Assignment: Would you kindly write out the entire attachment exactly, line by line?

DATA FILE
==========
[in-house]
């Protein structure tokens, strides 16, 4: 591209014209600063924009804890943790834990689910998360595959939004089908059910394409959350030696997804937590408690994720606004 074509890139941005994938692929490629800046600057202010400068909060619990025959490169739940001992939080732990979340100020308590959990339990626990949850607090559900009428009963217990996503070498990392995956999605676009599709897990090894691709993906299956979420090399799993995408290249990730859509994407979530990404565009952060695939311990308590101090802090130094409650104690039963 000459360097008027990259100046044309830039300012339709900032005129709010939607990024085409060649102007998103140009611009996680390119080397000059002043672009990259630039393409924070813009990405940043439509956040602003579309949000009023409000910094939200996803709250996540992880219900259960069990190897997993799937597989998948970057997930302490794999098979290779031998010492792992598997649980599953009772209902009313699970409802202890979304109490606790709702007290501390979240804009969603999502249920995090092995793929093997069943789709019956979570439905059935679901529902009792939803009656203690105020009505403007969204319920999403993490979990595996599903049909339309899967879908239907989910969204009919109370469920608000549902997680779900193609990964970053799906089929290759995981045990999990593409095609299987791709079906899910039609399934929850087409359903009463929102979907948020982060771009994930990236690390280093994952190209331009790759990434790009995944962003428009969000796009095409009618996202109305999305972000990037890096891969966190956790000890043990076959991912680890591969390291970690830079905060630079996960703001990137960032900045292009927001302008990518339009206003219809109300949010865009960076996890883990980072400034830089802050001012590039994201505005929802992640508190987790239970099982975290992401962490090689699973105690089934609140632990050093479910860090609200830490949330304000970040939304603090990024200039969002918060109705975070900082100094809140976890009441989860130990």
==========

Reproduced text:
[in-house]
């Protein structure tokens, strides 16, 4: 591209014209600063924009804890943790834990689910998360595959939004089908059910394409959350030696997804937590408690994720606004 074509890139941005994938692929490629800046600057202010400068909060619990025959490169739940001992939080732990979340100020308590959990339990626990949850607090559900009428009963217990996503070498990392995956999605676009599709897990090894691709993906299956979420090399799993995408290249990730859509994407979530990404565009952060695939311990308590101090802090130094409650104690039963 000459360097008027990259100046044309830039300012339709900032005129709010939607990024085409060649102007998103140009611009996680390119080397000059002043672009990259630039393409924070813009990405940043439509956040602003579309949000009023409000910094939200996803709250996540992880219900259960069990190897997993799937597989998948970057997930302490794999098979290779031998010492792992598997649980599953009772209902009313699970409802202890979304109490606790709702007290501390979240804009969603999502249920995090092995793929093997069943789709019956979570439905059935679901529902009792939803009656203690105020009505403007969204319920999403993490979990595996599903049909339309899967879908239907989910969204009919109370469920608000549902997680779900193609990964970053799906089929290759995981045990999990593409095609299987791709079906899910039609399934929850087409359903009463929102979907948020982060771009994930990236690390280093994952190209331009790759990434790009995944962003428009969000796009095409009618996202109305999305972000990037890096891969966190956790000890043990076959991912680890591969390291970690830079905060630079996960703001990137960032900045292009927001302008990518339009206003219809109300949010865009960076996890883990980072400034830089802050001012590039994201505005929802992640508190987790239970099982975290992401962490090689699973105690089934609140632990050093479910860090609200830490949330304000970040939304603090990024200039969002918060109705975070900082100094809140976890009441989860130990």